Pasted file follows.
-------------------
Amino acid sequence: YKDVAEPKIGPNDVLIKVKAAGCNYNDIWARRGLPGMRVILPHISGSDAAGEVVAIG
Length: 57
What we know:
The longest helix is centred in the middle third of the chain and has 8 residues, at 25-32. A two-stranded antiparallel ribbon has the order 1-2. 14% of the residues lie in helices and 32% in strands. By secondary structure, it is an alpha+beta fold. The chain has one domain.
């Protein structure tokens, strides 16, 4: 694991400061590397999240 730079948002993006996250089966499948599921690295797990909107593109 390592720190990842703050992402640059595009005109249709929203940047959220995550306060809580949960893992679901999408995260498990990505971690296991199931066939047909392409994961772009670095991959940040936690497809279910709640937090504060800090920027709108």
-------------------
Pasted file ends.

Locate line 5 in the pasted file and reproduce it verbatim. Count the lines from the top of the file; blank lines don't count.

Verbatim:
């Protein structure tokens, strides 16, 4: 694991400061590397999240 730079948002993006996250089966499948599921690295797990909107593109 390592720190990842703050992402640059595009005109249709929203940047959220995550306060809580949960893992679901999408995260498990990505971690296991199931066939047909392409994961772009670095991959940040936690497809279910709640937090504060800090920027709108």